The ASC COL (Color Decision List), which our prolifically energetic Digital Intermediate Subcommittee has been developing over the past two years, has achieved broad support from vendors of both software and hardware- based systems, along with broad support from service providers. The ASC COL enables primary color corrections to be exchanged between different applications and facilities running on different platforms. The ASC COL incorporates color correction data interchange via XML, CMX, ALE, and FLEx.
The official release version 1.0 of the ASC COL spec is scheduled to be published for open implementation by the end of June 2007.
Our Advanced Imaging Subcommittee has continued its important research work on the characteristics of trichromatic-three primary-color systems, like RGB and X'Y'Z'. It has recently tackled the challenging task of evaluating the quality and consistency of color reproduction between different vendor models of plasma, LCD, and DLP high-definition monitors.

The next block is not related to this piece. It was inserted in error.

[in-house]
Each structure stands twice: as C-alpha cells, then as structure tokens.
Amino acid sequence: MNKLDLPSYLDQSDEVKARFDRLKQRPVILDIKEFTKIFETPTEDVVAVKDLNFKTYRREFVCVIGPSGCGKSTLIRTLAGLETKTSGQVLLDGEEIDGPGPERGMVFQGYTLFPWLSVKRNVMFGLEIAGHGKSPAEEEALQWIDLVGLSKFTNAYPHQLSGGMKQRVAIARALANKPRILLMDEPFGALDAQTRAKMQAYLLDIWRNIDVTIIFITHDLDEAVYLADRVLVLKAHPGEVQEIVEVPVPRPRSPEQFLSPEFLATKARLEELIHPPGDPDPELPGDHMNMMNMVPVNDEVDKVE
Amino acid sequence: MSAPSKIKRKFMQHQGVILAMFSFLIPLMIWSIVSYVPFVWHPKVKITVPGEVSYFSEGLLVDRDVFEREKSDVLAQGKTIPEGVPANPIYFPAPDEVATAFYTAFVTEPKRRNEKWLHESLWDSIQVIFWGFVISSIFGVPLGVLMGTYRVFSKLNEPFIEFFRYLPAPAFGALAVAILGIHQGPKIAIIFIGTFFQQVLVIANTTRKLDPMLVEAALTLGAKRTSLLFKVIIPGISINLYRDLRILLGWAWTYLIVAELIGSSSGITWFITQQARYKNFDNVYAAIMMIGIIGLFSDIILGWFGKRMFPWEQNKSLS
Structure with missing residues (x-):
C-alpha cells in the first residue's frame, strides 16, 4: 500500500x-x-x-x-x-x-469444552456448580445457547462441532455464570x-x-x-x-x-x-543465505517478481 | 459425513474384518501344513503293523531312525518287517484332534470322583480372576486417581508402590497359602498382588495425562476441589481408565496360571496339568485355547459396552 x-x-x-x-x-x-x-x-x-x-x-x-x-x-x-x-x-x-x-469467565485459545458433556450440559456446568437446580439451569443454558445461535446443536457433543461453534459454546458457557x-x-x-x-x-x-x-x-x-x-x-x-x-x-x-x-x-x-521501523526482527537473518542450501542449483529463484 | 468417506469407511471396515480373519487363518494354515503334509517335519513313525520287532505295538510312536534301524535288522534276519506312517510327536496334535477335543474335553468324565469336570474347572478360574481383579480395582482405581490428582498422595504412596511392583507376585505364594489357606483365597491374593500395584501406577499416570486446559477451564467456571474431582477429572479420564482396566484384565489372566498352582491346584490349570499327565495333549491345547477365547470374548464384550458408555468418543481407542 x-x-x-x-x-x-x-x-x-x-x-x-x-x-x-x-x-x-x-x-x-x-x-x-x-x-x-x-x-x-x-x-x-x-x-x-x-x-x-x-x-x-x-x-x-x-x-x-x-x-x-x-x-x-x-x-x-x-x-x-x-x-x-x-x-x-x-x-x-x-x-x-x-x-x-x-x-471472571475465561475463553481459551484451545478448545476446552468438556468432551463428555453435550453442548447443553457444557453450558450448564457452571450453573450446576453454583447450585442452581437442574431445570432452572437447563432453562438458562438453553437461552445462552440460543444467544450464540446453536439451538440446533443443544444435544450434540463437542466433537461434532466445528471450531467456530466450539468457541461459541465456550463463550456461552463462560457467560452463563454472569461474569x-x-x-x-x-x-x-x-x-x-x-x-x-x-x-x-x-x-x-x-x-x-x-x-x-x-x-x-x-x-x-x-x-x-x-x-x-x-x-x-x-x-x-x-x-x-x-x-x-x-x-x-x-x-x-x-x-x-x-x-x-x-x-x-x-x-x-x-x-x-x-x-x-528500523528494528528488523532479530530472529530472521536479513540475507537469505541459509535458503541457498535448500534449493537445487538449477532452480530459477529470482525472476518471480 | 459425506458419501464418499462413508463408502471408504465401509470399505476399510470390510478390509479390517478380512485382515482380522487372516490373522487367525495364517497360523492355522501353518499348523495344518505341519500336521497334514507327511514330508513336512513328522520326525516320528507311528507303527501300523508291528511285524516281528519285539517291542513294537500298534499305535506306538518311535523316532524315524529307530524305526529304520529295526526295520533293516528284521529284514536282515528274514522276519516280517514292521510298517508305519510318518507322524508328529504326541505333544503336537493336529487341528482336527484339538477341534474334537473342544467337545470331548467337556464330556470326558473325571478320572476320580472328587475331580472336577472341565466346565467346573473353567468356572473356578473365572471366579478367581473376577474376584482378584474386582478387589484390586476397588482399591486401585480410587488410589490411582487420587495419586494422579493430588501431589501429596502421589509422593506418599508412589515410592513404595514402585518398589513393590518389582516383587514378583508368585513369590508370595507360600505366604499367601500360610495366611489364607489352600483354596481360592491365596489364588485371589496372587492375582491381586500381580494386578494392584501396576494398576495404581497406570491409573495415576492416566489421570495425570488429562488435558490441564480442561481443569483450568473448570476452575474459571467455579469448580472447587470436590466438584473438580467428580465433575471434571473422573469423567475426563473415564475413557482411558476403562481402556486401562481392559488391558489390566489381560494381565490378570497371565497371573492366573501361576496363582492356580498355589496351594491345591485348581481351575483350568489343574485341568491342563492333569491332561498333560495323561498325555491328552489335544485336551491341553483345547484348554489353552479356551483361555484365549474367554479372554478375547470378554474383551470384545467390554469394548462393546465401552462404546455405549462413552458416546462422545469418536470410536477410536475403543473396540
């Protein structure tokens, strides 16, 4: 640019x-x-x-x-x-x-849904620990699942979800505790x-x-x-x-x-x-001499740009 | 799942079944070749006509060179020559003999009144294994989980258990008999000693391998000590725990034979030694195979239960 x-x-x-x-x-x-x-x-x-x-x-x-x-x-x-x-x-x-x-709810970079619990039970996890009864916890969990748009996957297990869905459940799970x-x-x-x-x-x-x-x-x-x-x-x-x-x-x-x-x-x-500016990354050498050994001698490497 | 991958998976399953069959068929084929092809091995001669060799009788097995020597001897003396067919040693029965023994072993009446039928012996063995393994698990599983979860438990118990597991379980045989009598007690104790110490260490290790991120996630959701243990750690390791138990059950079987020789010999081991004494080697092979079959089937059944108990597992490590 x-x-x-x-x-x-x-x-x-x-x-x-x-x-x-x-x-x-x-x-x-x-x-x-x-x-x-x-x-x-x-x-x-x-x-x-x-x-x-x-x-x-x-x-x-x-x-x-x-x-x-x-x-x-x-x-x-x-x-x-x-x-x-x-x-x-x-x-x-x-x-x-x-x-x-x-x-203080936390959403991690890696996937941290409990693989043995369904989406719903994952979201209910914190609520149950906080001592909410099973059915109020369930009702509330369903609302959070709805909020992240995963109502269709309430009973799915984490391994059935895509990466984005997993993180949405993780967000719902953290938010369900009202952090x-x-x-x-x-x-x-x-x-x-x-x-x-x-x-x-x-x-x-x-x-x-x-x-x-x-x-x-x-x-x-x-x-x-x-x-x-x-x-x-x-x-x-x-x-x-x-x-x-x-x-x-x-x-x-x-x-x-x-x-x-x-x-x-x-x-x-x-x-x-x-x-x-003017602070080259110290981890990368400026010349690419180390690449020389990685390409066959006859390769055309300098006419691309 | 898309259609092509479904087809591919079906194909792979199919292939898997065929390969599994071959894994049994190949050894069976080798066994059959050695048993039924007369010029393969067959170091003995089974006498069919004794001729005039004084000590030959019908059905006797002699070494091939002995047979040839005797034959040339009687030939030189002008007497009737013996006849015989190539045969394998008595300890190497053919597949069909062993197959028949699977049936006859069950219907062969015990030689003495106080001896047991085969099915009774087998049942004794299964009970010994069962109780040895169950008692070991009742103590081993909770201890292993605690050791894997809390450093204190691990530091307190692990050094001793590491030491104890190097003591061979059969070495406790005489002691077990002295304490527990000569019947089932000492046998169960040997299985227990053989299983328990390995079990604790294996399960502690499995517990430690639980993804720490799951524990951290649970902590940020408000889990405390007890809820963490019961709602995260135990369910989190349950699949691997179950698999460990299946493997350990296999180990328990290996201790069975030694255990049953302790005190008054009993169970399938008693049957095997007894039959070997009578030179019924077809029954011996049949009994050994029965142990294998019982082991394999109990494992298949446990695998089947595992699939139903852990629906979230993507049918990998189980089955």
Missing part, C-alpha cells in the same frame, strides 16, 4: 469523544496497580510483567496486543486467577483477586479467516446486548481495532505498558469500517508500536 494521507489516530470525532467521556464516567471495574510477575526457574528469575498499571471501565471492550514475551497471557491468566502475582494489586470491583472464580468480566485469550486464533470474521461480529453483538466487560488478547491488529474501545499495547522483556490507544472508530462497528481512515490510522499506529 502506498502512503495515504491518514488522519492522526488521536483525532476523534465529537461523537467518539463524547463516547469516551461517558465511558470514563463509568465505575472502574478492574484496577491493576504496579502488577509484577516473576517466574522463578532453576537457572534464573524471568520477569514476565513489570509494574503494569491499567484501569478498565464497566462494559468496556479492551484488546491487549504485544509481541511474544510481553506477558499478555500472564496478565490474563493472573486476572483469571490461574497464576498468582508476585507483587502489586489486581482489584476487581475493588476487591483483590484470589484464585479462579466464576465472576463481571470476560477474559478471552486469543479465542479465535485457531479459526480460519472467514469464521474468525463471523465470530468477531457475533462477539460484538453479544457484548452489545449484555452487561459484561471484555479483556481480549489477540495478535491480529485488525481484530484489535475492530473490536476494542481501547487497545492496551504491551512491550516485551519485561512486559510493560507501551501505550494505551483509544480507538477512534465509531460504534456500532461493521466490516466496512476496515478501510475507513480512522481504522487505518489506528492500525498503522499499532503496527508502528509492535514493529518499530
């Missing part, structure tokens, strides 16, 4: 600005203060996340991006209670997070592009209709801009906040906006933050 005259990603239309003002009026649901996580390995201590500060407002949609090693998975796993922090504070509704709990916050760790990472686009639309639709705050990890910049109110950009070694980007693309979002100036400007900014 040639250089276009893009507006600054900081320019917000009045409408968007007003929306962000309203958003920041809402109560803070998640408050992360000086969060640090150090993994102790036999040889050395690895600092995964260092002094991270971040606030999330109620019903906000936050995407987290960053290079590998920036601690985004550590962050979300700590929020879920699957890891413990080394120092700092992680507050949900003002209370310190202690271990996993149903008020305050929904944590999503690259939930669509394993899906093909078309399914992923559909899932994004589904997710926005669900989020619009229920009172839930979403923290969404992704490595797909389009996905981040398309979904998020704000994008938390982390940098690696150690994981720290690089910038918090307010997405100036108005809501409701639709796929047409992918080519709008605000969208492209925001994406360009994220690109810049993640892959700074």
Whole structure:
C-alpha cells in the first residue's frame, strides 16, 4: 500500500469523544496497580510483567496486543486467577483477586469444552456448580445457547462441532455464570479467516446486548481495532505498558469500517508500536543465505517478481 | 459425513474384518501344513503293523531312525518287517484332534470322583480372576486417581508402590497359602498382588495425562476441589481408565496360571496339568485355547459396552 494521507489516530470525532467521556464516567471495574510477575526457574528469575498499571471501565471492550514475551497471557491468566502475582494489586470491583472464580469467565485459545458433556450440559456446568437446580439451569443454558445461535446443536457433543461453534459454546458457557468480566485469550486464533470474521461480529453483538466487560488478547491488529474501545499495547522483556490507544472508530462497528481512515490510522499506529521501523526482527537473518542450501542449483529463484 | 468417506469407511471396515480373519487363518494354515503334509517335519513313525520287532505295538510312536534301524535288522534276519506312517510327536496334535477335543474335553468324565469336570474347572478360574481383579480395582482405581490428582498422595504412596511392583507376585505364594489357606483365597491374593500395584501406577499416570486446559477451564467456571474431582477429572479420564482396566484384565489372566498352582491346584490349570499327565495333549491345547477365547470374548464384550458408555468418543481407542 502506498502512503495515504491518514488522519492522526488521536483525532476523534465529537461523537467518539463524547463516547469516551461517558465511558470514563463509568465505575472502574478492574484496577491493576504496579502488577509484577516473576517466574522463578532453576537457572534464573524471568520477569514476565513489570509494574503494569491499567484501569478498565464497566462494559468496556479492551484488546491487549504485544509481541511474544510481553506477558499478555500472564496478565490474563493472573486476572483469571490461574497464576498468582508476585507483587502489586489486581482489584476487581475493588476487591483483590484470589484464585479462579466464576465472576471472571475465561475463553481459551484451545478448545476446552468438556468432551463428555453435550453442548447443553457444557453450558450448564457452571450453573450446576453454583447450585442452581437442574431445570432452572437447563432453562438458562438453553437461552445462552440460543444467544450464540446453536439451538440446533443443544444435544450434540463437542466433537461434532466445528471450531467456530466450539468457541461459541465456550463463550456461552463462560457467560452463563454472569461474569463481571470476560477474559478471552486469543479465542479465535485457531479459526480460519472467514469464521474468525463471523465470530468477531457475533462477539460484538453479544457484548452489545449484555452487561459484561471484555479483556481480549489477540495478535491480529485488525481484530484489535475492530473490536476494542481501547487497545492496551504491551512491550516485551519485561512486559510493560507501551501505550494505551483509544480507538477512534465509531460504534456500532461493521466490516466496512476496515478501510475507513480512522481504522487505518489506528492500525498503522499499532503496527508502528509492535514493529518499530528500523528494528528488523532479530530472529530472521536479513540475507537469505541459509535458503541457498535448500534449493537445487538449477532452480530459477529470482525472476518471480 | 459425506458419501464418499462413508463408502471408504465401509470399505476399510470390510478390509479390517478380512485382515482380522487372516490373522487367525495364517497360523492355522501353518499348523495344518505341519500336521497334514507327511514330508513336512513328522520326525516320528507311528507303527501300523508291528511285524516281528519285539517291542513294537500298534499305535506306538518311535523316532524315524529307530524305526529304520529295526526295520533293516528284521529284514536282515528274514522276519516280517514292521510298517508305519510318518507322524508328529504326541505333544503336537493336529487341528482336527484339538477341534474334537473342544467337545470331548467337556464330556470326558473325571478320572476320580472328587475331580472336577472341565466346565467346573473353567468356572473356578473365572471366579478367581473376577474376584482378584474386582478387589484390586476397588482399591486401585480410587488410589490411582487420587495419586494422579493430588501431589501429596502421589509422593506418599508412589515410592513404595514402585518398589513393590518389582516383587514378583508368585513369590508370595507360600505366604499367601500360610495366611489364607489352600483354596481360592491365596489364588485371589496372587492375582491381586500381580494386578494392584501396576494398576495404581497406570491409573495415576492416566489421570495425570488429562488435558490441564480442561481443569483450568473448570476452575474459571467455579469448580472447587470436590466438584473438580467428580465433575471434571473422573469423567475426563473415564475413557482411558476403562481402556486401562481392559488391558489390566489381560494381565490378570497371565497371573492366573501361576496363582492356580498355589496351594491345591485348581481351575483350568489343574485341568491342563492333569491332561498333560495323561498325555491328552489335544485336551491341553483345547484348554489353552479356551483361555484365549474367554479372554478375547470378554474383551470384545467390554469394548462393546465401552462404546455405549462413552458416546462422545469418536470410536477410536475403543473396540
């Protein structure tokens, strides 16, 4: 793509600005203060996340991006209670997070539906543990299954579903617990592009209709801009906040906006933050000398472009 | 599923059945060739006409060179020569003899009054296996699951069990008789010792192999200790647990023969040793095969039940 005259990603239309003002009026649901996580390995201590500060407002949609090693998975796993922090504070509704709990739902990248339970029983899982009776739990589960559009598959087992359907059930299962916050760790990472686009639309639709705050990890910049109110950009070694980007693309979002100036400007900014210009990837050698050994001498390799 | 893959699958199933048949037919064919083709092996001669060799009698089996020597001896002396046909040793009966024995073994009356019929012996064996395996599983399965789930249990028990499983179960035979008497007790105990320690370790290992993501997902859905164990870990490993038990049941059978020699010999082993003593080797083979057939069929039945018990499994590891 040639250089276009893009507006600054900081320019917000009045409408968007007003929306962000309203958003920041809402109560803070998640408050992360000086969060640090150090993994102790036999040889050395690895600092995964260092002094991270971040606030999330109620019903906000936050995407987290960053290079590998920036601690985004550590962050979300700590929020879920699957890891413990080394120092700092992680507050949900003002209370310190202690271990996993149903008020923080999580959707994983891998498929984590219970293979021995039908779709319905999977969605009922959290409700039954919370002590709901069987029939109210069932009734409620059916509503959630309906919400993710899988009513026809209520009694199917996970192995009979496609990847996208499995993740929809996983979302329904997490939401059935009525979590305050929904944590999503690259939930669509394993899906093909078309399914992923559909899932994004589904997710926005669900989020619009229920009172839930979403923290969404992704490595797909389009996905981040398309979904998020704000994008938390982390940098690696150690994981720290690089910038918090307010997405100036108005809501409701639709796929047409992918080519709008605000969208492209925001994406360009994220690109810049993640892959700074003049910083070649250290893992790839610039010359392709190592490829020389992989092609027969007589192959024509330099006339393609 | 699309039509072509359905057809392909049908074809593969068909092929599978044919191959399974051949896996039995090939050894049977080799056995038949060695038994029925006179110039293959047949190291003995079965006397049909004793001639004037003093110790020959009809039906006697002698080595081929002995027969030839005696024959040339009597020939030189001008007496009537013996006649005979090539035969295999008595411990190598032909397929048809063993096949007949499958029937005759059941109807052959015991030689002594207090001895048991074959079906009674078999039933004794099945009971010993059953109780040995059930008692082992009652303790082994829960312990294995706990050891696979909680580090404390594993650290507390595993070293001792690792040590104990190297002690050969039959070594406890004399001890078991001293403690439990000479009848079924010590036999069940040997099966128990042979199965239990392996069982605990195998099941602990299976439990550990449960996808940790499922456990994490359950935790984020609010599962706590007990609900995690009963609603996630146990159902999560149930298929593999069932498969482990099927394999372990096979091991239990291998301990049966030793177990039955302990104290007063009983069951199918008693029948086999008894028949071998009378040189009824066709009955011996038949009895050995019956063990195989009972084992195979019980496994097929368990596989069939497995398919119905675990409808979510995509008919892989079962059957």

Our Digital Display Subcommittee is incorporating the important work done by the Advanced Imaging Subcommittee into its practical task of mapping the color calibration of digital displays for production and post-production, including both monitors and projectors while defining the display requirements for each step in the workflow process from pre-visualization to dailies, previews, 01 and final film, digital, and home video deliverables.
Our new Non-Theatrical Display Subcommittee is investigating image reproduction issues pertaining to the new array of HD consumer flat panel displays (plasma, LCD, DLP), as well as evaluating Blu-ray and HD-DVD input sources generated from HD masters.
Our Metadata Subcommittee has been specifying requirements and proposing recommendations for interoperable metadata exchange in motion picture workflow and defining the essential metadata language suitable for cinematographers and other production artists. It is working closely with AMPAS Sci-Tech Council in pursuing these objectives and its work is being coordinated with the SMPTE RP 210 metadata initiative.